[Python-Dev] Planning on removing cache invalidation for file finders

Brett Cannon brett at python.org
Sun Mar 3 18:31:56 CET 2013

On Sun, Mar 3, 2013 at 12:08 PM, Brett Cannon <brett at python.org> wrote:

> On Sat, Mar 2, 2013 at 8:16 PM, Antoine Pitrou <solipsis at pitrou.net>wrote:
>> On Sat, 2 Mar 2013 11:16:28 -0500
>> Brett Cannon <brett at python.org> wrote:
>> > > In addition, it may be appropriate for importlib to offer a
>> > > "write_module" method that accepts (module name, target path,
>> > > contents). This would:
>> > >
>> > > 1. Allow in-process caches to be invalidated implicitly and
>> > > selectively when new modules are created
>> >
>> > I don't think that's necessary. If people don't want to blindly clear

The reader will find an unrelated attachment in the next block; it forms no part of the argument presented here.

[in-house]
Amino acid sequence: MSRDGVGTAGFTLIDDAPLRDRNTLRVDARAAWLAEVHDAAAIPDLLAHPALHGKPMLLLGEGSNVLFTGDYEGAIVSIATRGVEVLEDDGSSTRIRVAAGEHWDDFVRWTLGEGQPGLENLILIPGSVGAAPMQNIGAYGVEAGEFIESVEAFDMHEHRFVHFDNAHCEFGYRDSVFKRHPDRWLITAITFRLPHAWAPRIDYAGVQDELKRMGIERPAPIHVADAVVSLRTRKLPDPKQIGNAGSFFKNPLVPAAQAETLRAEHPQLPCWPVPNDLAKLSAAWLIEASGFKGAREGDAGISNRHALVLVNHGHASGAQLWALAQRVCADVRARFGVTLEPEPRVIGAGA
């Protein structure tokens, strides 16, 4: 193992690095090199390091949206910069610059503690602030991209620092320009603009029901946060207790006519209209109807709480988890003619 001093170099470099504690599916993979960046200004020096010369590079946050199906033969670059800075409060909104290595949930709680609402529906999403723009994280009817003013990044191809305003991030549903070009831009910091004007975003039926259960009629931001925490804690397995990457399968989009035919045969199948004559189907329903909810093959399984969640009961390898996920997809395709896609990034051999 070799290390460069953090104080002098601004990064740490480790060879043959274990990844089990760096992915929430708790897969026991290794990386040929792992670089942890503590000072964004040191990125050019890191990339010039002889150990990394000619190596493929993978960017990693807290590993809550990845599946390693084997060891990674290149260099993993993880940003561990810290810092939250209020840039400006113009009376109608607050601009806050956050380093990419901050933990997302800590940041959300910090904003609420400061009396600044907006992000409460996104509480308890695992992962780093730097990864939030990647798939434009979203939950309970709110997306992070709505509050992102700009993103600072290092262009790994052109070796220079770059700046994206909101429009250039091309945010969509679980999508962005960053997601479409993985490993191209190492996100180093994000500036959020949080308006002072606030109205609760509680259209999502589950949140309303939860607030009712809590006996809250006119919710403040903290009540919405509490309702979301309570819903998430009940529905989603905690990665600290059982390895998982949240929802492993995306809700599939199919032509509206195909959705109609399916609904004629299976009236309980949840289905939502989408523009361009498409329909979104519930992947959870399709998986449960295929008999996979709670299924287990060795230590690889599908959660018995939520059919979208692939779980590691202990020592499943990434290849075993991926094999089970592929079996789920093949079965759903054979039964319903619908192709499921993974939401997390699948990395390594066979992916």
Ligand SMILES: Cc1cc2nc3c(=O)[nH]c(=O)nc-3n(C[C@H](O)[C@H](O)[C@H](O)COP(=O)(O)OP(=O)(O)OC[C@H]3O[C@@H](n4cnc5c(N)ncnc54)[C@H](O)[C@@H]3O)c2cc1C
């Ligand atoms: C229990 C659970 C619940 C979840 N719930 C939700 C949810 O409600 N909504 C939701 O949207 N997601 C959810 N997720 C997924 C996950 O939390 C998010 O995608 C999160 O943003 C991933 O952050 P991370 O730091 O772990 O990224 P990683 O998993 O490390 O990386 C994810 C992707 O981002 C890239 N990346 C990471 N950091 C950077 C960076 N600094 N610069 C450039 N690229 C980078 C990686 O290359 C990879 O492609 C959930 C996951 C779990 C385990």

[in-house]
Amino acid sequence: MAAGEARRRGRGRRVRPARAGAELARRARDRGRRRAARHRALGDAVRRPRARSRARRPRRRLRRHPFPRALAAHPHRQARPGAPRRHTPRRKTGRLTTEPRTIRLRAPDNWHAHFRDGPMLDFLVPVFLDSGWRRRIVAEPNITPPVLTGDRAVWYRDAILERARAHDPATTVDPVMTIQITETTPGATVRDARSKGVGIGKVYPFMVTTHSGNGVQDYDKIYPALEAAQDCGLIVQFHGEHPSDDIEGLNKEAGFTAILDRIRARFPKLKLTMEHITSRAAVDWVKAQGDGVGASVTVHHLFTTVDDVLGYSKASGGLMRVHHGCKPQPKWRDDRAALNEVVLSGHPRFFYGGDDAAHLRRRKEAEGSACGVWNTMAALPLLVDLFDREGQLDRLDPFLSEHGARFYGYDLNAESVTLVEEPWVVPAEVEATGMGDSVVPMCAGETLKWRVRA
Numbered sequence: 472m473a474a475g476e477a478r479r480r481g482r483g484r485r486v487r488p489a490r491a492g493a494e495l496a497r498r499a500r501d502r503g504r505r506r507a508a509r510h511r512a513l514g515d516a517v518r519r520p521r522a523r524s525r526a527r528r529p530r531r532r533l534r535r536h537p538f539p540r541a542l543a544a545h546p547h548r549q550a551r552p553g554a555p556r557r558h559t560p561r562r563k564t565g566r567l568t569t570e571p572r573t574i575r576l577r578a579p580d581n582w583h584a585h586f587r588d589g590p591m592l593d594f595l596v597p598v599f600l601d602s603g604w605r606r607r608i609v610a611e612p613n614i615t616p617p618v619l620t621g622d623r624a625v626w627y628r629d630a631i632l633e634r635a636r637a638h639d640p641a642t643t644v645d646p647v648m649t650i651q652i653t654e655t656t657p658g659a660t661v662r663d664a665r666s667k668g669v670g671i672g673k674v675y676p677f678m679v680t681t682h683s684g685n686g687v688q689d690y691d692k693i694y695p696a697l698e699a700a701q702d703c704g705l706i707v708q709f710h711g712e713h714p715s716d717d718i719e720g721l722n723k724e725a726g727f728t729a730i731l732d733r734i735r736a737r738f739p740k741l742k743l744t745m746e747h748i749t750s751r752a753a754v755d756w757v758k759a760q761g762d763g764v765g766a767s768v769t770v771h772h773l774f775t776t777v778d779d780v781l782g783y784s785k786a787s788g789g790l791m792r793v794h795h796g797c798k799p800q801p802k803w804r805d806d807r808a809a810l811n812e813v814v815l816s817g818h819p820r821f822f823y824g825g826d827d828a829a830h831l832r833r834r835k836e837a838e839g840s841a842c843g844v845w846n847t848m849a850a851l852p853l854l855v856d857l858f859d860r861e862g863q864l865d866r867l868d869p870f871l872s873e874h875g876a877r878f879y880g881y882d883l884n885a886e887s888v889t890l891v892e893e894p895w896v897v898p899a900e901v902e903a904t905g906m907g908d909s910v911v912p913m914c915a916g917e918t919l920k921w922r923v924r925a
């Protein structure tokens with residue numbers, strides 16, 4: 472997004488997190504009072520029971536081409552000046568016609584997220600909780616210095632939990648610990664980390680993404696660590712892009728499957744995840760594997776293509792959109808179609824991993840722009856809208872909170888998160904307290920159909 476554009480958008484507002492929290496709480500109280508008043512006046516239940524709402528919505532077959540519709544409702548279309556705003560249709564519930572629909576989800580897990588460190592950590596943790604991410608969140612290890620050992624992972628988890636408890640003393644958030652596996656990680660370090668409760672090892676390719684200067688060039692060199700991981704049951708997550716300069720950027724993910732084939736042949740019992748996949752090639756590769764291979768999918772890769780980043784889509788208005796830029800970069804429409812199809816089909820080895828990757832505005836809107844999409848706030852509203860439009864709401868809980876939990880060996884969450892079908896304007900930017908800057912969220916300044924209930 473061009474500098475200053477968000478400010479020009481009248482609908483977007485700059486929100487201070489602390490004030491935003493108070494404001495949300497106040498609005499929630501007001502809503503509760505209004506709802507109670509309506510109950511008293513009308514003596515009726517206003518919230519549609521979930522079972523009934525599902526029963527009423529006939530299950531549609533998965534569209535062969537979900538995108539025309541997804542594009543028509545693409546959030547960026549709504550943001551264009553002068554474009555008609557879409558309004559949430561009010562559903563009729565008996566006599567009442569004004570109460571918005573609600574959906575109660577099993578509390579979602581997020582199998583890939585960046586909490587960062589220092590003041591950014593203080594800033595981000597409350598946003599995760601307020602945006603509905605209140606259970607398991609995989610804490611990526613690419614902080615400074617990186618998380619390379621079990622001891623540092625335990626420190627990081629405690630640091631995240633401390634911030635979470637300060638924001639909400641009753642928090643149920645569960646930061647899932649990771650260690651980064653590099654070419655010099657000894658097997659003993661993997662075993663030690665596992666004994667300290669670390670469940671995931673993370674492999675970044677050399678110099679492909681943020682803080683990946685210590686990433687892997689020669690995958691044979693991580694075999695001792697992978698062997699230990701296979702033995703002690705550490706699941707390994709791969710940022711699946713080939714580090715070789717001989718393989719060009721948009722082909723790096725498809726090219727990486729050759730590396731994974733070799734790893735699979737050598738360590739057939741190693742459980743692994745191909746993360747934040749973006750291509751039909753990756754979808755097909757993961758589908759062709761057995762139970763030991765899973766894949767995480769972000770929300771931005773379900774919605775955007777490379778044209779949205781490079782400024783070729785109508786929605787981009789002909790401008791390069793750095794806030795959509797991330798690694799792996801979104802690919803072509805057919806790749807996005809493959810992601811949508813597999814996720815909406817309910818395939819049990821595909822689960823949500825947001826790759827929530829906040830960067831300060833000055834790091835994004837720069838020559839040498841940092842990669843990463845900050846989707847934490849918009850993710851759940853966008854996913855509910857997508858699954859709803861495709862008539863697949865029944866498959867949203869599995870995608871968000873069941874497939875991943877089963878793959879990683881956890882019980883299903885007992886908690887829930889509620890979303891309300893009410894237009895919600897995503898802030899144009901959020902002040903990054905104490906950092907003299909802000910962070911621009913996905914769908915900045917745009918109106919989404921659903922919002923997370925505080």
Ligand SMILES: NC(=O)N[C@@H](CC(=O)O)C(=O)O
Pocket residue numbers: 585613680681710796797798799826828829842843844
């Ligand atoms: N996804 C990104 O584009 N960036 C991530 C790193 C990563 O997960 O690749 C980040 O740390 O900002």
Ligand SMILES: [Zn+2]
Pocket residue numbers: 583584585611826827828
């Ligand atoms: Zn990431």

>> all
>> > caches for a file they can write the file, search the keys in
>> > sys.path_importer_cache for the longest prefix for the newly created
>> file,
>> > and then call the invalidate_cache() method on that explicit finder.
>> That's too complicated for non-import experts IMHO.
> Which is why they can just call importlib.import_module().

That obviously should have said importlib.invalidate_caches(). =)

But how about this as a compromise over introducing write_module():
invalidate_caches() can take a path for something to specifically
invalidate. The path can then be passed to the invalidate_caches() on
sys.meta_path. In the case of PathFinder it would take that path, try to
find the directory in sys.path_importer_cache, and then invalidate the most
specific finder for that path (if there is one that has any directory
prefix match).

Lots of little details to specify (e.g. absolute path forced anywhere in
case a relative path is passed in by sys.path is all absolute paths? How do
we know something is a file if it has not been written yet?), but this
would prevent importlib from subsuming file writing specifically for source
files and minimize performance overhead of invalidating all caches for a
single file.
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